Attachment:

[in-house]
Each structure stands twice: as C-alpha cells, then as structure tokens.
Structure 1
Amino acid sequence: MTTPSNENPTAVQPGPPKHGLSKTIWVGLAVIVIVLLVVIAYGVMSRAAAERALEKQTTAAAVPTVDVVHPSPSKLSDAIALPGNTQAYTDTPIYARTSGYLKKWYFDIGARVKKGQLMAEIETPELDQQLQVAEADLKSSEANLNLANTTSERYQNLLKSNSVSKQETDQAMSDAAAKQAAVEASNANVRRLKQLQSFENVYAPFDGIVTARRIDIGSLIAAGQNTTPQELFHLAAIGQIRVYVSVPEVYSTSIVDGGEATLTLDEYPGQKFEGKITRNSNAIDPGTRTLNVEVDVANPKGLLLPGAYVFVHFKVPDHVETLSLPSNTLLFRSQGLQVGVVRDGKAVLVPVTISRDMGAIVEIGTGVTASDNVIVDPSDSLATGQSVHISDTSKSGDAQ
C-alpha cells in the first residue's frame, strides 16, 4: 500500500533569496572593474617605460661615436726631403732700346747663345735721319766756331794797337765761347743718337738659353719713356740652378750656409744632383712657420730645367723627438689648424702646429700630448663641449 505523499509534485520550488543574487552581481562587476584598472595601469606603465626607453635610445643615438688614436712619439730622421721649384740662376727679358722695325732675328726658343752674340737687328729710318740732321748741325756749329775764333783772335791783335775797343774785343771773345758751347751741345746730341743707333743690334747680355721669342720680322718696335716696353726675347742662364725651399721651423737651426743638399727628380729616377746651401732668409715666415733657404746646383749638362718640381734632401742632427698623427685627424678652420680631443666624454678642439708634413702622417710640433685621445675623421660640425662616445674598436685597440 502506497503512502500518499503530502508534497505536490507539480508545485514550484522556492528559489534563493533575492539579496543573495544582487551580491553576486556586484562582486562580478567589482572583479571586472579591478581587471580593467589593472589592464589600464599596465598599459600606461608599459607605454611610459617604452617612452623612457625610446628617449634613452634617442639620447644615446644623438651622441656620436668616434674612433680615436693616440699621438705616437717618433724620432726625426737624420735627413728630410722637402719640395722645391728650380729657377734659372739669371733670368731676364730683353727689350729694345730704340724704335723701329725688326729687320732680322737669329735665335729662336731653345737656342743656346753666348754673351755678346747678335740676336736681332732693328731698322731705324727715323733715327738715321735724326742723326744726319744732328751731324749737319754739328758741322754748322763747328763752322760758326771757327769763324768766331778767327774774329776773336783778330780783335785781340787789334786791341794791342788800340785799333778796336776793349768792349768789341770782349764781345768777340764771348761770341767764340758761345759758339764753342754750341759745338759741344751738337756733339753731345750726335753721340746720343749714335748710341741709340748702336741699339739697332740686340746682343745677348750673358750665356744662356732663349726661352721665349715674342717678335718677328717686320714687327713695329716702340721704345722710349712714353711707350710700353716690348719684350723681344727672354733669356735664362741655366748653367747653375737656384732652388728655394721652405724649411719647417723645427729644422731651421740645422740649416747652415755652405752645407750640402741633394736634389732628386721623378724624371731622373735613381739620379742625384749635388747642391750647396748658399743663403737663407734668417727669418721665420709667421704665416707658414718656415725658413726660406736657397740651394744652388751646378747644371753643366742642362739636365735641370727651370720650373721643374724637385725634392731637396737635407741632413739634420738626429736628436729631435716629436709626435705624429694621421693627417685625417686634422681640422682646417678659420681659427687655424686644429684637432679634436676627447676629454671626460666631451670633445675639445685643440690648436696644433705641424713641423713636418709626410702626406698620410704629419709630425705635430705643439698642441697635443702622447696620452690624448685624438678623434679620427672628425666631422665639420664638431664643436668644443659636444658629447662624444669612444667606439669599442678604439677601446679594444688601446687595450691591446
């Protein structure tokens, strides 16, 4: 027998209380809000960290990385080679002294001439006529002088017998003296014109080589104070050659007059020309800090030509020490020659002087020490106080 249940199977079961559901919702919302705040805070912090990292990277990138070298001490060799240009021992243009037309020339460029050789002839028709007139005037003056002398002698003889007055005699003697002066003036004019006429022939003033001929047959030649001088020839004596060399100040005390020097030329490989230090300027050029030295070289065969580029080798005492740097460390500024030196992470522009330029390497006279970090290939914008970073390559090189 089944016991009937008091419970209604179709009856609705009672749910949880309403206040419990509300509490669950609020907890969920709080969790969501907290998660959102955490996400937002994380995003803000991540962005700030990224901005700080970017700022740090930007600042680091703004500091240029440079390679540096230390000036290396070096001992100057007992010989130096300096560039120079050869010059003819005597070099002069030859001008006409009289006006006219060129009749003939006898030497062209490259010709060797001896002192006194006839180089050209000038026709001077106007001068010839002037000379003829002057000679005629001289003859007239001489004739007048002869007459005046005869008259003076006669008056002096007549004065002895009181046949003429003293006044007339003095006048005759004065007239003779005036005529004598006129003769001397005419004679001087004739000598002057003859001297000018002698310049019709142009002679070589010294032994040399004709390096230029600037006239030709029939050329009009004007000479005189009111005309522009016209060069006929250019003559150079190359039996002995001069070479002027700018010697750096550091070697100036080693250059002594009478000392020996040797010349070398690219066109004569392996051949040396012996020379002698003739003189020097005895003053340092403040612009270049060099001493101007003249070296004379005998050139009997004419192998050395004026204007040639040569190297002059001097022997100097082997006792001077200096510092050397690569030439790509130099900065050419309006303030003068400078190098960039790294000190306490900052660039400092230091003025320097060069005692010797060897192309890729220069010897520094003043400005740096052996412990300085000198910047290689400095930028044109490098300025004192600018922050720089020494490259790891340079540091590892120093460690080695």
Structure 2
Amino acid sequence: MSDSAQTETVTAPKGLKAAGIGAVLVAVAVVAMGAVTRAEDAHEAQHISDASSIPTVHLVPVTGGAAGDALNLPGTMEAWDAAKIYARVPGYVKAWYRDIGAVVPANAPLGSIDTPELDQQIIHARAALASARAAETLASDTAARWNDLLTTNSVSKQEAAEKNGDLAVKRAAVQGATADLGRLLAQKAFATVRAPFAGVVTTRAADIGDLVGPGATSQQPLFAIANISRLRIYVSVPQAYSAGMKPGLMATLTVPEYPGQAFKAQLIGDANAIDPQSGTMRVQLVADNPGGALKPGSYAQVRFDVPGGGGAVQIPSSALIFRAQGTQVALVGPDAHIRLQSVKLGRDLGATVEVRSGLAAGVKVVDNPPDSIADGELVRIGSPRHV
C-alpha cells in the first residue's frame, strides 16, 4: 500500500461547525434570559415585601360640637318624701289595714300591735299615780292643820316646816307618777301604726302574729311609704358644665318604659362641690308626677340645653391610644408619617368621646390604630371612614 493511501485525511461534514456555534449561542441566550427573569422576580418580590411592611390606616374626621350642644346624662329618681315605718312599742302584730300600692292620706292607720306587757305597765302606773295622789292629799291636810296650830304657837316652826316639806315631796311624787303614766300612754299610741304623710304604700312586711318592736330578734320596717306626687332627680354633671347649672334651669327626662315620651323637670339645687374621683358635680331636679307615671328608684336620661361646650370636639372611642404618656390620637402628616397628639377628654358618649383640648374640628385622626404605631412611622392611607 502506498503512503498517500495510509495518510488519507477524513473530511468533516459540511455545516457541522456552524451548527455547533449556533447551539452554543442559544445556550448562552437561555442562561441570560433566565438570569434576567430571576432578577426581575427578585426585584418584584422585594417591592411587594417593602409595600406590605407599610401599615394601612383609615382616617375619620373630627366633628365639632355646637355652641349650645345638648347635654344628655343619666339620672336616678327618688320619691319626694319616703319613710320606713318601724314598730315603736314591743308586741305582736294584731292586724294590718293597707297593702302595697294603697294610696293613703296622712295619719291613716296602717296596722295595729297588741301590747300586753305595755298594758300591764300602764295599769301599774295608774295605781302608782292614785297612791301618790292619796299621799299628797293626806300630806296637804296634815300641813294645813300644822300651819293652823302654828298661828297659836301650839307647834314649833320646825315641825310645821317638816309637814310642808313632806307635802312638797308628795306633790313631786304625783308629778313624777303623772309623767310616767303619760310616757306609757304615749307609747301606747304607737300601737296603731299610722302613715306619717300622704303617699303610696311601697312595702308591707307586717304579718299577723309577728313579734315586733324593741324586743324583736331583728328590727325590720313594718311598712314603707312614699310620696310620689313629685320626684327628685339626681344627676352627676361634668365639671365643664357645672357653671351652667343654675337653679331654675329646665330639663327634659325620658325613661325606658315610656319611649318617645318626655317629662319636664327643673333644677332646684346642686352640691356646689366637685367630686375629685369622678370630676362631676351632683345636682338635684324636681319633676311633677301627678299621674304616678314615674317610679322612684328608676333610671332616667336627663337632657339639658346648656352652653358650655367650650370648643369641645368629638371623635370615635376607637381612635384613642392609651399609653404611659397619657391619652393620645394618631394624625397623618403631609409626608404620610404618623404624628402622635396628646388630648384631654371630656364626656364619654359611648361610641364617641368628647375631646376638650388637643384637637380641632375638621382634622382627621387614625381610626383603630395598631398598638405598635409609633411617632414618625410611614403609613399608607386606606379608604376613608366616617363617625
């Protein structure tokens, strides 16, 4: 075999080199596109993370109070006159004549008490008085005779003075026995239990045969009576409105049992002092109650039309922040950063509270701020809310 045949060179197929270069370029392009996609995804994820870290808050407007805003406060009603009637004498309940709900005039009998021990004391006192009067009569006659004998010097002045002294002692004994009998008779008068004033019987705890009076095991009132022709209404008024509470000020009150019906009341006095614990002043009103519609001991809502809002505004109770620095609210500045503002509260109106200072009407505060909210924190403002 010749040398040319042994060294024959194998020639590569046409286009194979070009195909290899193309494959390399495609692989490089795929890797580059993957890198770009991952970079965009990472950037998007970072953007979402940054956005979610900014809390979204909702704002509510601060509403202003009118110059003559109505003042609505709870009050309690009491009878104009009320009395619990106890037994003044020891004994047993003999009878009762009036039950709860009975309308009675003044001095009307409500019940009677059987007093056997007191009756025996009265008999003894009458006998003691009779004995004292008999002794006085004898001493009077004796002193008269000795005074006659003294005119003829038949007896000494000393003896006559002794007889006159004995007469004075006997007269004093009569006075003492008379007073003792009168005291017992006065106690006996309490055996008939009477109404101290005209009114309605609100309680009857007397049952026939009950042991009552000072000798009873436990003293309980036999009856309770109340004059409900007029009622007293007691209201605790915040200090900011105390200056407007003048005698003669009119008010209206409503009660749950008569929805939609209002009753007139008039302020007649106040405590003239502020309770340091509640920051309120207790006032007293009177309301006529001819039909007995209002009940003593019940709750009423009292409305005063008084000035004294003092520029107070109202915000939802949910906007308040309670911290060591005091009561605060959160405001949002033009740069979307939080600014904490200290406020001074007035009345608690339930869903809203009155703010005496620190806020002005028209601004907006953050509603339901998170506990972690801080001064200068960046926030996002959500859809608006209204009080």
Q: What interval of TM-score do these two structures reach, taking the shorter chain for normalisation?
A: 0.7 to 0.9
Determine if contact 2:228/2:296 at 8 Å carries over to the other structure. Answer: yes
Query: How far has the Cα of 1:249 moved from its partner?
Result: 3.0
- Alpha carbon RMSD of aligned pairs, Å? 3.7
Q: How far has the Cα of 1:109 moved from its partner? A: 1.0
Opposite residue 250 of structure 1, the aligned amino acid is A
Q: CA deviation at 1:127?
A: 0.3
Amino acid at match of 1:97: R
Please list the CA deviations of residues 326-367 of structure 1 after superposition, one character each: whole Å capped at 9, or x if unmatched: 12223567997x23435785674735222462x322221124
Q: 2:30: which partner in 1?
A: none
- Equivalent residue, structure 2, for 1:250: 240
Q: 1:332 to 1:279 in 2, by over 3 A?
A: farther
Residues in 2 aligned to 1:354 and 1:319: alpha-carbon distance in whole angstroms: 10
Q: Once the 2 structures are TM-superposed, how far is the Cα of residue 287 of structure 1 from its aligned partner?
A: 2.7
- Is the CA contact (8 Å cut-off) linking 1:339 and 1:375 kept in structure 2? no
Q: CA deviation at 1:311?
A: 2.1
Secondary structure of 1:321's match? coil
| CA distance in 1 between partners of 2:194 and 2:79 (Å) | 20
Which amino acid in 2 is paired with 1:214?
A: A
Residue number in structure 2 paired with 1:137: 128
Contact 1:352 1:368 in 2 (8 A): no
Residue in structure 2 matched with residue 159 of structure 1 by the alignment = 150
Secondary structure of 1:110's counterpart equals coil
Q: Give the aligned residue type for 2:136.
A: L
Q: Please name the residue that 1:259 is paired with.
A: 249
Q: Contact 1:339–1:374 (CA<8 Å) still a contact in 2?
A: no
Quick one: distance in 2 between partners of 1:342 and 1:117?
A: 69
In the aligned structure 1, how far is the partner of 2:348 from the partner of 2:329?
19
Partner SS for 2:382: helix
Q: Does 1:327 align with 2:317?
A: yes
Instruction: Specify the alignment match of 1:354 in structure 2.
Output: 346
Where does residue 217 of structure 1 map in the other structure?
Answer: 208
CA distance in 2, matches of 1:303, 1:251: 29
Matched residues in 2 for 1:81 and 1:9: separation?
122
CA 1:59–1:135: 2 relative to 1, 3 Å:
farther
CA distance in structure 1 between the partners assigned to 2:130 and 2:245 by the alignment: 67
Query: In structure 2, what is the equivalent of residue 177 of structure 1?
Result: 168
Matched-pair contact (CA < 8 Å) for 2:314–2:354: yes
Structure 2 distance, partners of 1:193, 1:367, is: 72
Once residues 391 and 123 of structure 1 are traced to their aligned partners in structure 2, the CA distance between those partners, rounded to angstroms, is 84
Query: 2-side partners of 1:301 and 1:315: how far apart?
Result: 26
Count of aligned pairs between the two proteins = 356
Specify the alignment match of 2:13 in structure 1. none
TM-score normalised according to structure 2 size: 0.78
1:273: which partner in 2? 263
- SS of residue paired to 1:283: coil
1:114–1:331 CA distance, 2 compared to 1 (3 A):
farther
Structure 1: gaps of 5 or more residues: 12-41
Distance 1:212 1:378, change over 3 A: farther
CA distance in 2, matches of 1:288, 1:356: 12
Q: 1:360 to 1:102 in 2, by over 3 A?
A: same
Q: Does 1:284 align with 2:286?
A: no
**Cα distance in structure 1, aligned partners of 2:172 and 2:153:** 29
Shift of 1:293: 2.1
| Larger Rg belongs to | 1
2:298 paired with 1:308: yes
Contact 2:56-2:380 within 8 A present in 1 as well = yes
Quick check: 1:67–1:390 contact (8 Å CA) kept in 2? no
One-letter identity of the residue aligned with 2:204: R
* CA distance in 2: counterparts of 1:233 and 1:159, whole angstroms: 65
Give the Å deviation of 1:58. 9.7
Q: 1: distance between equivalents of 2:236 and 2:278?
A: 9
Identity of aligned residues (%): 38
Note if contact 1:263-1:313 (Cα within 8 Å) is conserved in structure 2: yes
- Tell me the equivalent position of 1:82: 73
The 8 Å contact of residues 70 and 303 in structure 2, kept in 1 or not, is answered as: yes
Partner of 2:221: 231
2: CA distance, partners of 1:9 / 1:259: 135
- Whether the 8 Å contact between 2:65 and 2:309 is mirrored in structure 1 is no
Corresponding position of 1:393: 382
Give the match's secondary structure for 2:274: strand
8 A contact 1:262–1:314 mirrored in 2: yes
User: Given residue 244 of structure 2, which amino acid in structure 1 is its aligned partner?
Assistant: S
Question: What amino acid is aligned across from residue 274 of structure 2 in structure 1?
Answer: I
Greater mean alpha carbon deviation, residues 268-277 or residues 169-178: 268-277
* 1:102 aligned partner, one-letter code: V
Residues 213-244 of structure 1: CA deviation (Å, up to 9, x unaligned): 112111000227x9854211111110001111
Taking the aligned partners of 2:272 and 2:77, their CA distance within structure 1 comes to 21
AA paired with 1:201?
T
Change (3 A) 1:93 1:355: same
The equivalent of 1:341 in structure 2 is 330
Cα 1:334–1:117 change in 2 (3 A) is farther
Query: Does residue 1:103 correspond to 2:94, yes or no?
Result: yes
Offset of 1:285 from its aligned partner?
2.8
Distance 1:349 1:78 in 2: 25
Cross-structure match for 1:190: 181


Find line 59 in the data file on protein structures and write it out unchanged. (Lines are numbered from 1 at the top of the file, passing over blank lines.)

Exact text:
CA distance in 2, matches of 1:303, 1:251: 29